The students were instructed to read aloud as many words as they could in 1 minute. The EGRA administrator timed the student, making note of any mistakes the student made while reading the words aloud. The score is reported as correct words per minute (cwpm).

Listening Comprehension

Listening comprehension is a measure of students’ oral language skills, which also contributes to reading.

In this subtask, the EGRA administrator read a passage to the student, who did not see it. The student then responded to questions or statements read by the EGRA administrator. The listening comprehension score is the total correct answers.

Reading Comprehension

Comprehension is the main goal of reading—understanding what is read. Comprehension is a complex task that requires some ability in all other reading skills.

This subtask is paired with the ORF subtask. Depending on how much of the ORF passage the student was able to read, the EGRA administrator asked the student up to five questions about the story. The EGRA administrator recorded the number of questions answered correctly.

Dictation

Dictation is used to assess both oral language and writing skills. Students’ ability to hear sounds and then correctly write the corresponding letters and words demonstrates their growing skill in understanding the alphabet.

The dictation sentence in English was 10 words long (“Sit on the mat and have some food and water”). The dictation sentence in French was 11 words long (“Je vais au jardin pour planter un taro et un bananier”). Students received a weighted score capturing the accuracy for vowel and consonant sounds, spelling, spacing, and direction of text, capitalization, and punctuation. In addition, the scores include the number of letters and full words written, the percentage of those that were correctly written, and the number of pictograms used by children to represent the sentence given. Scores could range from 0 to 8.

Year 2010
Grade(s) 1, 2, 3
Language English, French
Assessment EGRA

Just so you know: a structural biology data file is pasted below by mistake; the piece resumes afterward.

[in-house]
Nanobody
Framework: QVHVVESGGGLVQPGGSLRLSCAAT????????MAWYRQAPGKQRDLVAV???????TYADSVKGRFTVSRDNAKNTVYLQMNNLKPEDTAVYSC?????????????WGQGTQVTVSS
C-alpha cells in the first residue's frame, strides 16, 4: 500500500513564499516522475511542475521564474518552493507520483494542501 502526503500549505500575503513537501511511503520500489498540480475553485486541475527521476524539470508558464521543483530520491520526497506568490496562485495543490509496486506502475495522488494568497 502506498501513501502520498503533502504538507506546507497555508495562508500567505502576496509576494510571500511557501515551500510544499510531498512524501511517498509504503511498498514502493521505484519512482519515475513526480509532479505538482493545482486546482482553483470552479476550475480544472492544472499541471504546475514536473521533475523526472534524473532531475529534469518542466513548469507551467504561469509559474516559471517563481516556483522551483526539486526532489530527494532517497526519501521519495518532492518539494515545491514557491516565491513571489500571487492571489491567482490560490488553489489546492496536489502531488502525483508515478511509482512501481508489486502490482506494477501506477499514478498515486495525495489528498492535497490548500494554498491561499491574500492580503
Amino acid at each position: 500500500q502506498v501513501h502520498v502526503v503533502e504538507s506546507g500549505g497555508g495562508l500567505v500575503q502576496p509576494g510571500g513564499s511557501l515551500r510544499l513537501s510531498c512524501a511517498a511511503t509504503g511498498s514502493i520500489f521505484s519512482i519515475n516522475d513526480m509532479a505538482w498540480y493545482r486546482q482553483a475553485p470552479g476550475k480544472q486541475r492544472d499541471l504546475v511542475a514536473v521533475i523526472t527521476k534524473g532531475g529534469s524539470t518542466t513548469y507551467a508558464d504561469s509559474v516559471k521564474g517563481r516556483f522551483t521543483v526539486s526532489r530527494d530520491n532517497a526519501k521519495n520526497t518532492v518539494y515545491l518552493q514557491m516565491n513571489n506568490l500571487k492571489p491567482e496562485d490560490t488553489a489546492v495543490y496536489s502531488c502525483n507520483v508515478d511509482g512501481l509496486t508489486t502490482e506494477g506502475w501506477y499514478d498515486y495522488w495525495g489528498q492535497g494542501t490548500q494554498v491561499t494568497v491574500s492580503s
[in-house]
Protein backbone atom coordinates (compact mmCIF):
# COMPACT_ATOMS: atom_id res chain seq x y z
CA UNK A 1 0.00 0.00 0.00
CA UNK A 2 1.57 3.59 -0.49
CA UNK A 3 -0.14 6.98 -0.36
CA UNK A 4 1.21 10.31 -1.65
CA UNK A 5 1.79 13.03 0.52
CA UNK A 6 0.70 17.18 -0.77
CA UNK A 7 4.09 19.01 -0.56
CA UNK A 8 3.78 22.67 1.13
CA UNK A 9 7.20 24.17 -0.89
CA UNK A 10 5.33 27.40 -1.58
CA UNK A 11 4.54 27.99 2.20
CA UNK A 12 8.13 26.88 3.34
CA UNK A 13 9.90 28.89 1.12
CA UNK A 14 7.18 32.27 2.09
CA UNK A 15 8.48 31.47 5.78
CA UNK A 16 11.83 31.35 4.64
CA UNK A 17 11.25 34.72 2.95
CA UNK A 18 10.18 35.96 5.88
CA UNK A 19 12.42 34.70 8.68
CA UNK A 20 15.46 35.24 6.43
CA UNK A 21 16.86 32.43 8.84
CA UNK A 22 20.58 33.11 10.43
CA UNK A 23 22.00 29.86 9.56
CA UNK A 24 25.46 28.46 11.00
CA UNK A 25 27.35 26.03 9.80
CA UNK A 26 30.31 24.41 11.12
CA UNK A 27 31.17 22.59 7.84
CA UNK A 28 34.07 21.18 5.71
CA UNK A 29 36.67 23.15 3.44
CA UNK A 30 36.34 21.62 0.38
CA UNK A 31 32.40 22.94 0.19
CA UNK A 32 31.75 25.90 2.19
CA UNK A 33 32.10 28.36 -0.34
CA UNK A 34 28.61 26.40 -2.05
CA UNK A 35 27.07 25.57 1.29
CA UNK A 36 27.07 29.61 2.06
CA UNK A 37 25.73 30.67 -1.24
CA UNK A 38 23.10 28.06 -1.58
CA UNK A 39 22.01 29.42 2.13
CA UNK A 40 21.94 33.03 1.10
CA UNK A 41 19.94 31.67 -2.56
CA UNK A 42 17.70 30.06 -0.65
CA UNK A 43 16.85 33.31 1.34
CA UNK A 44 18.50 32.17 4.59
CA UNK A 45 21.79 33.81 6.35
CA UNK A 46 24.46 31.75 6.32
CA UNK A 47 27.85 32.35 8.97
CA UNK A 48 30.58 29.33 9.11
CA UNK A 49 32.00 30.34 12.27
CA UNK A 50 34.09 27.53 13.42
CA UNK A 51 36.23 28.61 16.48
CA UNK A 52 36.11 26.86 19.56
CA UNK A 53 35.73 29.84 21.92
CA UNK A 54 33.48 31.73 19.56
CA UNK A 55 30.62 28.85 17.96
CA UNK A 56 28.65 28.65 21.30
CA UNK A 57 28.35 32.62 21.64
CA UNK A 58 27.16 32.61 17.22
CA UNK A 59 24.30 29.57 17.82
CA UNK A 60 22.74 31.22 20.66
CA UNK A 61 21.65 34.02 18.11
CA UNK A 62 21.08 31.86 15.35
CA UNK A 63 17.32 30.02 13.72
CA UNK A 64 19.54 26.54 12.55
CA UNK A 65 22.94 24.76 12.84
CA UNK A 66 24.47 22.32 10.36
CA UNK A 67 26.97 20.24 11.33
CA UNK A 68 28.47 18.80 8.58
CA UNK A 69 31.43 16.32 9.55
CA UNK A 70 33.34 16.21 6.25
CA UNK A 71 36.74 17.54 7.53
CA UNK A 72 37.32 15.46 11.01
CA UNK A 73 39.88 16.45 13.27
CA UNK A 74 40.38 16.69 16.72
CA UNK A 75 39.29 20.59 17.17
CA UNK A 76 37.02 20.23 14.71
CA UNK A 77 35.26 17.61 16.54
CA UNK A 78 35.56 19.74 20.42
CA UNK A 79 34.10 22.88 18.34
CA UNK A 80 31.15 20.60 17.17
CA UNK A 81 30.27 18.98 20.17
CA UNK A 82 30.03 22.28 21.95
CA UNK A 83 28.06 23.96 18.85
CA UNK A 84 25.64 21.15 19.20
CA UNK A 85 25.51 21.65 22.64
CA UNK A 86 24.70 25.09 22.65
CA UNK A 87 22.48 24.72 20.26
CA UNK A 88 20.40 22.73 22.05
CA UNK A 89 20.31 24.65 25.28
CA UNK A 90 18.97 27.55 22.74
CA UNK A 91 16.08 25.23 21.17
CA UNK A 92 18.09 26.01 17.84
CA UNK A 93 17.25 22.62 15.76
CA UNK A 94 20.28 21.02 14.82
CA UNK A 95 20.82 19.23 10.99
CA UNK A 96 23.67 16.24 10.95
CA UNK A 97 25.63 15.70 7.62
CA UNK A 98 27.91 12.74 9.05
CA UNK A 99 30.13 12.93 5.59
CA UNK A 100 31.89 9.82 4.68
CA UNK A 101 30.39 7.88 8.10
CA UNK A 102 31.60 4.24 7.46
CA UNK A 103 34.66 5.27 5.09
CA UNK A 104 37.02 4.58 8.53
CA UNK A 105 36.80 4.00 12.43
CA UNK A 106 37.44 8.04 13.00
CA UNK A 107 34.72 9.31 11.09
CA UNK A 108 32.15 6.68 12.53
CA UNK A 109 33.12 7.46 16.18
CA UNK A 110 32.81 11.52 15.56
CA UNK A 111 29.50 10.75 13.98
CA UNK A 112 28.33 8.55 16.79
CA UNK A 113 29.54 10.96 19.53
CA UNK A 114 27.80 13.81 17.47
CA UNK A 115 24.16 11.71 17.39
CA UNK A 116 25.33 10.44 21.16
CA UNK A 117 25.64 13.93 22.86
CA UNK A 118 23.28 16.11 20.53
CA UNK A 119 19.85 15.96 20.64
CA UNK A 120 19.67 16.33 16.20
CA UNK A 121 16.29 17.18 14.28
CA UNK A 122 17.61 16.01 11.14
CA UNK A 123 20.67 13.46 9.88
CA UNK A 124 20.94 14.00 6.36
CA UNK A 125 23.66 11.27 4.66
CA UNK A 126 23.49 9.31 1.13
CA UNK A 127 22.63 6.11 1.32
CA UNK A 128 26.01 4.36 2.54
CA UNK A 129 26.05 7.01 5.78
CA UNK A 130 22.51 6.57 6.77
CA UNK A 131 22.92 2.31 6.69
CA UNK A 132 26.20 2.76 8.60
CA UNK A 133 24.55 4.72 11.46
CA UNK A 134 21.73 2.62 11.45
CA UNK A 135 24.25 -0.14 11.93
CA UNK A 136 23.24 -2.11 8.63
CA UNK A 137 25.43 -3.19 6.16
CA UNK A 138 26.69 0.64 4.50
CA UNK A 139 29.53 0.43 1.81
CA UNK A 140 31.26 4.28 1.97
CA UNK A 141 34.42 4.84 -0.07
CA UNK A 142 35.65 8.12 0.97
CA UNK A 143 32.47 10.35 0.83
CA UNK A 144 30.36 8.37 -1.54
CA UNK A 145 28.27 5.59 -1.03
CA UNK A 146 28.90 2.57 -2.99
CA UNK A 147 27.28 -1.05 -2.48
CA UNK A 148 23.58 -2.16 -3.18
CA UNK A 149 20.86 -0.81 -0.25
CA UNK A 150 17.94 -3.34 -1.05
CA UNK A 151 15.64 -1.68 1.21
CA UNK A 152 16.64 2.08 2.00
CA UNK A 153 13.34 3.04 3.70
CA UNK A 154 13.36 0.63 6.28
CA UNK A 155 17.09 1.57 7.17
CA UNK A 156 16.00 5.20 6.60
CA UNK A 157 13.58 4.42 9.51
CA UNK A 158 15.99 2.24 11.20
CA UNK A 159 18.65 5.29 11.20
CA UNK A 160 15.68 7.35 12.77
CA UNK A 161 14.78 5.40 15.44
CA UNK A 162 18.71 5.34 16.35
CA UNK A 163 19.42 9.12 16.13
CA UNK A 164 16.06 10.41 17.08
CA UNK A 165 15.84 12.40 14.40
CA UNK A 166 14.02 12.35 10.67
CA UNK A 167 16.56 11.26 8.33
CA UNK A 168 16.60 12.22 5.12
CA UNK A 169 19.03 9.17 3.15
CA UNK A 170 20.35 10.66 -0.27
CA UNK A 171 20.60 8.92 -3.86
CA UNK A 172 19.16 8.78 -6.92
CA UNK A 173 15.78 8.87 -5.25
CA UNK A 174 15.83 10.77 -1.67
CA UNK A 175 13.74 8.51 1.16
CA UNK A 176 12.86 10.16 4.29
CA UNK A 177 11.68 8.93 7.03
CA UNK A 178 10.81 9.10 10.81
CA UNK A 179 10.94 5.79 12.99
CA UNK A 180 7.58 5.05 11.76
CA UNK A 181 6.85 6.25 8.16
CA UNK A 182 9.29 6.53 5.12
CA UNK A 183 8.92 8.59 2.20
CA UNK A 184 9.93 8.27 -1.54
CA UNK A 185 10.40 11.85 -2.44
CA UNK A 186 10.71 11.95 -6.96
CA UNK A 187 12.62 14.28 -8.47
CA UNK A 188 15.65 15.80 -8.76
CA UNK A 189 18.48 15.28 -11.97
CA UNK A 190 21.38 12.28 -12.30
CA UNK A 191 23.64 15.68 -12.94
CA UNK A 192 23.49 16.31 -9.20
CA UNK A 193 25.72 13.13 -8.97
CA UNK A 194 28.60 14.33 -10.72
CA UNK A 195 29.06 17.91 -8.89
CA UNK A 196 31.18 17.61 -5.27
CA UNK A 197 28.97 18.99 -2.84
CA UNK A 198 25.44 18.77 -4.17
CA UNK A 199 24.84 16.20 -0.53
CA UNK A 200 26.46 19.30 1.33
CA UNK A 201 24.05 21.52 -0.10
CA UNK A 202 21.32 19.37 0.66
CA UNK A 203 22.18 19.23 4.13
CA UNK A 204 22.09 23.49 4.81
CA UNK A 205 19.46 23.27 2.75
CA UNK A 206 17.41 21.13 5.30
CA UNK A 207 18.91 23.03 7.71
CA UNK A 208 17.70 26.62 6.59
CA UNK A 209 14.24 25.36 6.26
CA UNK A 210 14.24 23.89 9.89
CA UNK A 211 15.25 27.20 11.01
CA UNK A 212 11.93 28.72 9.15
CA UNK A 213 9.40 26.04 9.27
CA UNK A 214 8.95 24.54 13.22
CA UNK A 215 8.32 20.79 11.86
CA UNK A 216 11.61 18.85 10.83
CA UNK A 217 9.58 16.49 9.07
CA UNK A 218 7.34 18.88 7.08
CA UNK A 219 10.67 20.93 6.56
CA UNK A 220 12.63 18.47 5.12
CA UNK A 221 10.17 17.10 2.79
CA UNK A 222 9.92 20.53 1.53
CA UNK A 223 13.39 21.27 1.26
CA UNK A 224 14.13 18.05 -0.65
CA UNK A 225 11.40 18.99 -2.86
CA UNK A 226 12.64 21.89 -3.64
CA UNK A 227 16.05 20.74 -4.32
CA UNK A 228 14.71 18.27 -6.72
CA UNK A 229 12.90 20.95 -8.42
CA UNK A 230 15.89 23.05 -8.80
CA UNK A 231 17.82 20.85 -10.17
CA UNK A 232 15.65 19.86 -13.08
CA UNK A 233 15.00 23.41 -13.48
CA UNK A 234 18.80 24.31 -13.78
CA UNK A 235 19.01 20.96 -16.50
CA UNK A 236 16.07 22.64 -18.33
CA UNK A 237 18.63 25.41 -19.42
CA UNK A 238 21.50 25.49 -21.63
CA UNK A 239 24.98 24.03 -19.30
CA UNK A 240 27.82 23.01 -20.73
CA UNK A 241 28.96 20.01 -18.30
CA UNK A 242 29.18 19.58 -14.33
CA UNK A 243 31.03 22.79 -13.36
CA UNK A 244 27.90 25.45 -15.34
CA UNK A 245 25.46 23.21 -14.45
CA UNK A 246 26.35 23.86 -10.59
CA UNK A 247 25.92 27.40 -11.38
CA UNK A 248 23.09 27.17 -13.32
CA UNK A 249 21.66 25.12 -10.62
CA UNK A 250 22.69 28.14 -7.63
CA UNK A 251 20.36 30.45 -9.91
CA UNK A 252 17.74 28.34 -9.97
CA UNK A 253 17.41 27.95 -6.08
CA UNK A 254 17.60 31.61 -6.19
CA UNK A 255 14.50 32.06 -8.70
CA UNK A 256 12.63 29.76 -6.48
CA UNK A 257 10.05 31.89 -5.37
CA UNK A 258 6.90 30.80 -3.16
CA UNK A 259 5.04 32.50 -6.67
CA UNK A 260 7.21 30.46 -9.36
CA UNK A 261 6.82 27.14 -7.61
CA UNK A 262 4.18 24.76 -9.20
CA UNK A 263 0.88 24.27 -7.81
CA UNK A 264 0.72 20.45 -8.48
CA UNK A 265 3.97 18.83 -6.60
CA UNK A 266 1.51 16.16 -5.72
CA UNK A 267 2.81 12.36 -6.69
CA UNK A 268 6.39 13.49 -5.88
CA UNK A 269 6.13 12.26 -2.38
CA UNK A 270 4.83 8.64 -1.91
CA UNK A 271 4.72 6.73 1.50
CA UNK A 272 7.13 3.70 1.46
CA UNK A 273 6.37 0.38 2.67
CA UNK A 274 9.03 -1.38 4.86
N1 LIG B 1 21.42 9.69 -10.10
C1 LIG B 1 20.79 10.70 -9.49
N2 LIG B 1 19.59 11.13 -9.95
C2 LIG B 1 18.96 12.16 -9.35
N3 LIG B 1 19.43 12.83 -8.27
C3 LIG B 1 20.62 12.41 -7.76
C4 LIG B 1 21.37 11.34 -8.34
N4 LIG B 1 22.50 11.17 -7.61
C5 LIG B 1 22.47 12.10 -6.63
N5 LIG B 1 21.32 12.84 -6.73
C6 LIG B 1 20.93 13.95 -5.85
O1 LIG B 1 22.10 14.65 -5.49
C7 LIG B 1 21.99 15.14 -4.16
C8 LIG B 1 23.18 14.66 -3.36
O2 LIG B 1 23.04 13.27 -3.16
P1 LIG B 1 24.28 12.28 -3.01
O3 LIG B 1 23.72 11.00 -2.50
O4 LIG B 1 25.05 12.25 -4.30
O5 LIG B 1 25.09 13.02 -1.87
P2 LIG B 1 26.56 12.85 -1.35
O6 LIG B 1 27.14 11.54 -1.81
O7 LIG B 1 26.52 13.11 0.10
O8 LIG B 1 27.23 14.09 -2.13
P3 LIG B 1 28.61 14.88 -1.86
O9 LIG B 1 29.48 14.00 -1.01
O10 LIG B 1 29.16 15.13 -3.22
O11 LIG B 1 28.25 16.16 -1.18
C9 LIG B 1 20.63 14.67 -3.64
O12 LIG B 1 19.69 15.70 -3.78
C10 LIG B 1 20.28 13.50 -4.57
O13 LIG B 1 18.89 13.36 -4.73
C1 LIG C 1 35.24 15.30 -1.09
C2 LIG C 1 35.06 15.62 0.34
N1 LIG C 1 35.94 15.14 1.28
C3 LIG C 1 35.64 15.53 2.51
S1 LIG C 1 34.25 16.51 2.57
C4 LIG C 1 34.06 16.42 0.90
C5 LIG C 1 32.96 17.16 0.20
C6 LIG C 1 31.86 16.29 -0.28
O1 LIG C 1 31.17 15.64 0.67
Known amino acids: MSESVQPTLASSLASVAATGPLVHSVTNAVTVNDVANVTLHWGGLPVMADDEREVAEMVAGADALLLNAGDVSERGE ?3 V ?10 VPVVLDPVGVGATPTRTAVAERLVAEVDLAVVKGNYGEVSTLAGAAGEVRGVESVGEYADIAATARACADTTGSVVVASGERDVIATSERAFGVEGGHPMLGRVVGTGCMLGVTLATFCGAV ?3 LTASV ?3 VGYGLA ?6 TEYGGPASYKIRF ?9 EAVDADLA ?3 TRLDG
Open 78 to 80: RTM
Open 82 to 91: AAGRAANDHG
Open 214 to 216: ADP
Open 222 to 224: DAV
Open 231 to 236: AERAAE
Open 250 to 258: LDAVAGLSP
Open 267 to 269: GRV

Assessment Type National Assessment
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Study Map

Map of Vanuatu

Key Findings

  • 1/3

    Boys and girls performed about the same in grade 1. Girls had higher rates than boys in grades 2 and 3.

    Bar chart showing average oral reading fluency for grades 1-3. Numerical values presented in bar chart: Grade 1 3, Grade 2 13, Grade 3 33.
  • 2/3

    Grade 2 boys were more likely than grade 2 girls to be unable to read a single word.

    Bar chart showing percent of students who could not read a single word of connected text for boys and girls in grades 2 and 3. Numerical values presented in bar chart: Grade 2 girls 42%, Grade 2 boys 32%, Grade 3 girls 13%, Grade 3 boys 7%.
  • 3/3

    Almost all grade 1 student were unable to answer a single reading comprehension question.

    Bar chart showing percent of student who received a zero score on reading comprehension for grades 1-3. Numerical values presented in bar chart: Grade 1 92%, Grade 2 42%, Grade 3 13%.

Evaluation Design

VanEGRA data were provided by the World Bank. A sample of 40 schools using English as the language of instruction and 33 schools using French for instruction was selected using a stratified random design with proportional allocation based on school type (government or government-assisted), region, and school size to ensure all school types and regions would have a probability of selection equal to their actual distribution in the country. The final sample of consisted of 1,282 students, 645 girls and 637 boys assessed in English, and 1,293 students, 646 girls and 647 boys assessed in French. Estimates provided in the Barometer for Vanuatu are calculated as if they came from a simple random sample.

More detailed information can be found in Vanuatu Early Grade Reading Assessment (VanEGRA) Baseline Survey: Anglophone Stream | Results Report.